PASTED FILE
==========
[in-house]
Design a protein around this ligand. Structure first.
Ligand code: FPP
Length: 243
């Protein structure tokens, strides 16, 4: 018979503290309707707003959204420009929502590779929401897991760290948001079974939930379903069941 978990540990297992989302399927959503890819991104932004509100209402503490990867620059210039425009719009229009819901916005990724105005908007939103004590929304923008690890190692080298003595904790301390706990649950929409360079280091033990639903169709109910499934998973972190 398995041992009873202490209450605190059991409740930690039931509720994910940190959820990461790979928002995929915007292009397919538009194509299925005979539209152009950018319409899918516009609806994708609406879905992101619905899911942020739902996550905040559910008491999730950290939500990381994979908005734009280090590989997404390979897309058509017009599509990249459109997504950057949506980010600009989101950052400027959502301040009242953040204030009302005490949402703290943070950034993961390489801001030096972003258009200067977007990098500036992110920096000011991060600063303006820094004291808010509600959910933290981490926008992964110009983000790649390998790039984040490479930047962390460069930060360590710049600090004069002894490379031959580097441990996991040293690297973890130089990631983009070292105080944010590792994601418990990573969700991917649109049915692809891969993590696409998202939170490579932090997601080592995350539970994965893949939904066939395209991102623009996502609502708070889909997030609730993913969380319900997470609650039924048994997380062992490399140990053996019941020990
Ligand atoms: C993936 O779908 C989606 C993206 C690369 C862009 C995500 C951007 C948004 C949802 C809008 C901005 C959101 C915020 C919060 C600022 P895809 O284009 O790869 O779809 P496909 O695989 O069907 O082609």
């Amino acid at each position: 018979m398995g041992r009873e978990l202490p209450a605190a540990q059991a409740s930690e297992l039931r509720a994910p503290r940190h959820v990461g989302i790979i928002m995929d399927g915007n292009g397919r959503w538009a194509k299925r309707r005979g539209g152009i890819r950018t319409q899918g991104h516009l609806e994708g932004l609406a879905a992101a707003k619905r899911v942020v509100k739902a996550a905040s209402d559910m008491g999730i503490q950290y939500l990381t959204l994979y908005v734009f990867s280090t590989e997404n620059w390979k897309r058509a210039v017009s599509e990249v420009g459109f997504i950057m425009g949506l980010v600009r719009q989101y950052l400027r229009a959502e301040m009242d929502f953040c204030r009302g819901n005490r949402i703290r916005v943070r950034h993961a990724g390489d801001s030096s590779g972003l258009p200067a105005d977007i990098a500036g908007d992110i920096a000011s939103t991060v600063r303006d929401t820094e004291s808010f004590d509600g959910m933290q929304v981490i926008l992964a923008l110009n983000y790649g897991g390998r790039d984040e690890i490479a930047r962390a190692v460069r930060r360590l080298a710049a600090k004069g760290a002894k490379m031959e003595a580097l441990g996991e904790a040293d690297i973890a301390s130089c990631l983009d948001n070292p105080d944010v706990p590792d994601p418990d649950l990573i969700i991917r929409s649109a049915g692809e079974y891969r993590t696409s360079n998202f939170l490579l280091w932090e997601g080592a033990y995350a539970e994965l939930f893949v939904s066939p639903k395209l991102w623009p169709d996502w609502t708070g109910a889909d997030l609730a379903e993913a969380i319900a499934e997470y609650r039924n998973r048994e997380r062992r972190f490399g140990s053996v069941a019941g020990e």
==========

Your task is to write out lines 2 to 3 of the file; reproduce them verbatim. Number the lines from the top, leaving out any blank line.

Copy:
Design a protein around this ligand. Structure first.
Ligand code: FPP